APPLE'S ARGUMENT IN THE "UNLOCK-THIS-IPHONE" CASE

Apple filed their motion to vacate the court order that they "unlock" an iPhone yesterday. In other words they've made their formal argument for why they believe the order is invalid. https://www.documentcloud.org/documents/2722199-5-15-MJ-00451-SP-USA-v-Black-Lexus-IS300.html It is quite readable but here're the basics of Apple's 3-part argument.
  1. 1️⃣ The All Writs Act does not give the government the authority to make this order because:
  2. - it does not apply if congress has already considered a power and rejected it.
    The courts have said it "does not authorize courts to issue ad hoc writs whenever compliance with statutory procedure appear inconvenient or less appropriate."
  3. - and in the Communications Assistance for Law Enforcement Act (CALEA) Congress did consider strong encryption and explicitly authorized phone companies to use it…
  4. - and explicitly said the government cannot dictate what technology they use or don't use
  5. - and explicitly said the government cannot compel them to break encryption put in place by their users.
    The law says phone companies are not responsible for "decrypting, or ensuring the government's ability to decrypt, any communication encrypted by a subscriber or customer unless the encryption was provided by the carrier and the carrier possesses the information necessary to decrypt the communication."
  6. Apple is not a phone company (like Verizon etc) but they argue that this clearly indicates Congress did consider the implications of encryption and of forced back doors meaning the All Writs Act doesn't apply.
  7. Apple also points out that congress did consider revising CALEA to mandate back doors but "abandoned" the idea.
  8. - Also Apple says they are "far removed" from the case
    In the precedent being used to issue this order the courts said it could not be used if the company is "far removed" and Apple says they only built and sold the phone. They did not hold the data, transfer the data, assist in its usage etc…so they are not connected to the case in any direct way.
  9. - and Apple says the burden on them is too great
    Again in the case being used as precedent is says the action a company is being compelled to take must be "meager" and must not go strongly against their interests. Apple says the work involved is significant and that doing it will damage their reputation.
  10. - and Apple says the FBI did not exhaust all other options first.
    Again, the precedent says compelling the company to act must be the government' only option. Apple points out that the FBI may have had another option but due to mishandling of the phone they closed that door on themselves.
  11. As an aside, Apple points out that the FBI seems to have mislead the court on the circumstances of that mishandled evidence, claiming the county made the mistake and then later admitting that the county was operating under FBI instruction.
  12. - finally Apple attempts to discredit the other cases the FBI cites showing how each is a very different situation from this case.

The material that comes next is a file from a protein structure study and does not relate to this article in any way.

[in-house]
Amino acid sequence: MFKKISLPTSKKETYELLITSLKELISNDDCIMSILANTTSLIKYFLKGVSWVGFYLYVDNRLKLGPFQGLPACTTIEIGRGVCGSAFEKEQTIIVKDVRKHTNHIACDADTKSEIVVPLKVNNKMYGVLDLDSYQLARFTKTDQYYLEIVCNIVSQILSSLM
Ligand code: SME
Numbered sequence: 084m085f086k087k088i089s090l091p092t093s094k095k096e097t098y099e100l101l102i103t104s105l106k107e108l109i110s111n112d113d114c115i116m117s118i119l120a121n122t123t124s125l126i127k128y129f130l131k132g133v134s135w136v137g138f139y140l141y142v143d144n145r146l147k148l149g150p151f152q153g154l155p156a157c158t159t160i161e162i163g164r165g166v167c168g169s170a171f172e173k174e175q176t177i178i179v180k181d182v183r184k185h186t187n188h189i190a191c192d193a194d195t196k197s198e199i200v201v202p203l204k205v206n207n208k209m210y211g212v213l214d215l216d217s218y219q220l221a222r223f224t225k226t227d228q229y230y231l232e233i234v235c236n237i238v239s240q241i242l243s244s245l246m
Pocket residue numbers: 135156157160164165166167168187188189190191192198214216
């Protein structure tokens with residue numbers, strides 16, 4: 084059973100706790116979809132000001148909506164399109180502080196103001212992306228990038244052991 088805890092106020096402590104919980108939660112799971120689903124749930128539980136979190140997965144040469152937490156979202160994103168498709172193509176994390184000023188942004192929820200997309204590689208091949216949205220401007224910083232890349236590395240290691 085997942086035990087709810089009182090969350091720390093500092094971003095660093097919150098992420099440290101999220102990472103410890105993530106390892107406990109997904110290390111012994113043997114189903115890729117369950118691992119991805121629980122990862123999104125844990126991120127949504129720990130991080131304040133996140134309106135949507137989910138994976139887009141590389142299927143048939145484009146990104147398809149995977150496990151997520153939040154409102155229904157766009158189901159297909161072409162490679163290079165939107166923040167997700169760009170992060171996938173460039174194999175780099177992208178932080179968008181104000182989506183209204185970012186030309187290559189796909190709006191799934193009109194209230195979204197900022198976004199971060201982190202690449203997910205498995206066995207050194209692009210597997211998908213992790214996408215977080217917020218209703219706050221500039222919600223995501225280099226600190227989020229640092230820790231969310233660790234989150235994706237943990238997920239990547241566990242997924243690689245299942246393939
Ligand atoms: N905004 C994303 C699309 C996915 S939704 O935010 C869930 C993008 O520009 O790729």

13. Wrapping up, Apple argues that if the All Writs Act power is expanded in this way, it will establish precedent that can be used to compel other companies and individuals to do all kinds of things...
  14. - Apple could be required to write code to turn on the microphone on an iPhone to listen in
  15. - or use the camera to watch people
  16. - or use the gps to track people's movements
  17. - or a pharmaceutical company could be compelled to make drugs for lethal injections against its will
  18. - or a journalist could be compelled to plant a false story to aid in capturing a fugitive
  19. - or a software company could be compelled to put malicious code into the automatic update system so it is installed on their users' computers secretly
  20. "Under the government's formulation, any party whose assistance is deemed 'necessary'…falls within the ambit of the All Writs Act and can be compelled to do anything the government needs to effectuate a lawful court order. While these sweeping powers may be nice to have from the government's perspective, they simply are not authorized by the law…"
  21. 2️⃣ The order violates Apple's first amendment right to freedom of speech.
  22. - The courts have repeatedly affirmed that writing computer software is a form of expression protected by the first amendment.
  23. - and the courts have affirmed that forcing someone to speak is just as carefully protected by the constitution as forcing them not to speak.
  24. - So Apple says that the order "discriminates on the basis of viewpoint".
  25. - In other words when Apple chose to create software making it easy and automatic to encrypt all your data they were expressing a viewpoint about privacy and public safety.
  26. - Forcing Apple to make new software to undermine this compels them to express a viewpoint contrary to their established beliefs.
  27. Apple says the legally allowable restriction on free speech in support of government interests does not go this far.
  28. 3️⃣ The order violates Apple's fifth amendment right to due process of law.
  29. - the fifth amendment guarantees the right to be free from "arbitrary deprivation of liberty by government".
  30. - Apple argues that compelling them to "do the government's bidding in a way that is statutorily unauthorized, highly burdensome, and contrary to [their] core principles" violates this right.
  31. In conclusion...
  32. "This is not a case about one isolated iPhone. Rather this case is about the DOJ and the FBI seeking through the courts a dangerous power that Congress and the American people have withheld: the ability to force companies like Apple to undermine the basic security and privacy interests of hundreds of millions of individuals around the globe."